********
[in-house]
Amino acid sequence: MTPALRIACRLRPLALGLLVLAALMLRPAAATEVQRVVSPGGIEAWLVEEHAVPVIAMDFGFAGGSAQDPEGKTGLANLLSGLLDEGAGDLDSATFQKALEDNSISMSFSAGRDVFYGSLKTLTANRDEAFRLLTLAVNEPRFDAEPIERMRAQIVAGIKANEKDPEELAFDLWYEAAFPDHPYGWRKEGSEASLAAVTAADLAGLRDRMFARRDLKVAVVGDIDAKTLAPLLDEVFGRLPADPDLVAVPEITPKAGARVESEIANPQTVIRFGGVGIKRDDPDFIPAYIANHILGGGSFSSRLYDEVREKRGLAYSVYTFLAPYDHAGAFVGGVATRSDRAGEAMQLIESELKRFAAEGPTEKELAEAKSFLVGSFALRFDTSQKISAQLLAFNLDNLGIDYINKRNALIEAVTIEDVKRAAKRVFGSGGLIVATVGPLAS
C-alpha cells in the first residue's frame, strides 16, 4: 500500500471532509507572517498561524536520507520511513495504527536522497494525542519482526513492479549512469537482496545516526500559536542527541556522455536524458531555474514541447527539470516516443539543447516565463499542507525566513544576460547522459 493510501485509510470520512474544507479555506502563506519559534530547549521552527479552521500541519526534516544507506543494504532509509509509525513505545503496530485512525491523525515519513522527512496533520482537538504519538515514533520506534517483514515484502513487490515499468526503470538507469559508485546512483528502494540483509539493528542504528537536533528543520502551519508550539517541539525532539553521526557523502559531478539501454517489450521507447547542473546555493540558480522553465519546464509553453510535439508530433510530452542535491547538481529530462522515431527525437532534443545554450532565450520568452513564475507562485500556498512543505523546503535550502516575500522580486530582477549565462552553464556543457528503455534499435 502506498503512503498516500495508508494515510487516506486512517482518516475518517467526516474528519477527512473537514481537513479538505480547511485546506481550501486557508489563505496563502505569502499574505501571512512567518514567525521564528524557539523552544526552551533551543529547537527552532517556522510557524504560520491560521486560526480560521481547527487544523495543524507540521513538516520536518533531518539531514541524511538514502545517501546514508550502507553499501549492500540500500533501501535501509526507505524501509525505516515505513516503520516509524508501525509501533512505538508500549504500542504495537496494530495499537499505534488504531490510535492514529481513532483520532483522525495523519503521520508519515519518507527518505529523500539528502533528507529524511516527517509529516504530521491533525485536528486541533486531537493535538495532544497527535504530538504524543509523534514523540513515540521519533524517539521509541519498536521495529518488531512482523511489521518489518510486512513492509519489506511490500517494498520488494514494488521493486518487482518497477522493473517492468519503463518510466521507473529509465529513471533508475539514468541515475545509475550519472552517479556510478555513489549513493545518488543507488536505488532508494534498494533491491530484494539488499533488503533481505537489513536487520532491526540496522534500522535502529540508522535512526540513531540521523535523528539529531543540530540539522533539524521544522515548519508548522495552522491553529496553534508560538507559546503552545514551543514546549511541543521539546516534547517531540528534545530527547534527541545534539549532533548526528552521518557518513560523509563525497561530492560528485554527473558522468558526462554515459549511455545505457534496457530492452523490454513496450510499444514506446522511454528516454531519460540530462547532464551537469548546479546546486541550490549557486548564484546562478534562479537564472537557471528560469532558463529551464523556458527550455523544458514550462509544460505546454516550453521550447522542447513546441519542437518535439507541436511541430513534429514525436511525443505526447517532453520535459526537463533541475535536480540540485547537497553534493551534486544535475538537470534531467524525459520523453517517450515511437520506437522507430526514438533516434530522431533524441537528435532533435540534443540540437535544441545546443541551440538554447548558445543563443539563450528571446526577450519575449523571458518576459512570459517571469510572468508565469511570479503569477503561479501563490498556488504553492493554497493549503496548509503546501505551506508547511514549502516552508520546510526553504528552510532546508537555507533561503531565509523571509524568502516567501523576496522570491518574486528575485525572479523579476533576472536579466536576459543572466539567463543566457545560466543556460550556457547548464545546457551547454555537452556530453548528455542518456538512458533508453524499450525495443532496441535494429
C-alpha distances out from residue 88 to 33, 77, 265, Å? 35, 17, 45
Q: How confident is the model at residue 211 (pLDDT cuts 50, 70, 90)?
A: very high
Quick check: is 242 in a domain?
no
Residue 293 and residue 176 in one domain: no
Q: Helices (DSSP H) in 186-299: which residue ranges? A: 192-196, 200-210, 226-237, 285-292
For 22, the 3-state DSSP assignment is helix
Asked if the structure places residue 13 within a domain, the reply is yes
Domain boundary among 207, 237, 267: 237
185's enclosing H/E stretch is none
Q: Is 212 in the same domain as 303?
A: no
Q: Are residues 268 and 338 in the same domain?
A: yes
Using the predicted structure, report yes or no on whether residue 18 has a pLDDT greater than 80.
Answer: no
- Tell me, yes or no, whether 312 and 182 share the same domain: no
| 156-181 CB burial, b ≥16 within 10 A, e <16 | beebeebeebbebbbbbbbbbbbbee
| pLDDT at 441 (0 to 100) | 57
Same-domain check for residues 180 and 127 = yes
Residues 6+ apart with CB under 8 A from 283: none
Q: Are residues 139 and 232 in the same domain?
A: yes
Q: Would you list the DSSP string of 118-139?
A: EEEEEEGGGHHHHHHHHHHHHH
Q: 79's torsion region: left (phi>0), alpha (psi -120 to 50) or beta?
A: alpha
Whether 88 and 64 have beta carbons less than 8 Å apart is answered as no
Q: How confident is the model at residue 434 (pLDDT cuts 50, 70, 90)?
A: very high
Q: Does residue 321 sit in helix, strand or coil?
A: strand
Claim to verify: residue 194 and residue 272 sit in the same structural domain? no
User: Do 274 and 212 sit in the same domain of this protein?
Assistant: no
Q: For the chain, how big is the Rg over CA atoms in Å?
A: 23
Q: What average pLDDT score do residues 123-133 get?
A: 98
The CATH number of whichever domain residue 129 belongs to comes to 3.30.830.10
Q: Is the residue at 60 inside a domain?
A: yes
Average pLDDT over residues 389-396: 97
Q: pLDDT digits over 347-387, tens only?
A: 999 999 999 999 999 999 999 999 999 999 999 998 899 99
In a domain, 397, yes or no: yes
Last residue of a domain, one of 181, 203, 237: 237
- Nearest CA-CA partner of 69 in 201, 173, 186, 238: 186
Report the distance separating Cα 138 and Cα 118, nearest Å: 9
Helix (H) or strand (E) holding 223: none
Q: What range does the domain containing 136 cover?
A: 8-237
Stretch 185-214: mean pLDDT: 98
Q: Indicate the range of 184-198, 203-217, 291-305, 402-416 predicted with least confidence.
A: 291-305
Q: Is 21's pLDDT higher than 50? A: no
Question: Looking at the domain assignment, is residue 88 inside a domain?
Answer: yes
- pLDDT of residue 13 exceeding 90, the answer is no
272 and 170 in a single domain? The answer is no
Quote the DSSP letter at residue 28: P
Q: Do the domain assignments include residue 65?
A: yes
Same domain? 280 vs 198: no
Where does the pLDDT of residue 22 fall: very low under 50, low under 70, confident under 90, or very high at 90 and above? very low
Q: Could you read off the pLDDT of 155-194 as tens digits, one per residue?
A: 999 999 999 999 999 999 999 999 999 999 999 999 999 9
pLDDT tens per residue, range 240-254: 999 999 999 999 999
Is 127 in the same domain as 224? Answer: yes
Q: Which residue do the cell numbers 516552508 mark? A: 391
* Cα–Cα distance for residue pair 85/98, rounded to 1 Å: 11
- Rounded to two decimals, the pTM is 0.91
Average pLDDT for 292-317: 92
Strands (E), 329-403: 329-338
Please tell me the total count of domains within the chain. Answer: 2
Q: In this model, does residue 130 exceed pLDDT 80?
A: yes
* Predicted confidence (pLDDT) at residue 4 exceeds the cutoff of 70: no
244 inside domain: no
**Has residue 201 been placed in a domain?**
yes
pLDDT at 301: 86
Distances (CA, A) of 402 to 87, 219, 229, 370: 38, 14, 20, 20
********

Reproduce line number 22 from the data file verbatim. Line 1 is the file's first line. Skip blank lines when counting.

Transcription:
| 156-181 CB burial, b ≥16 within 10 A, e <16 | beebeebeebbebbbbbbbbbbbbee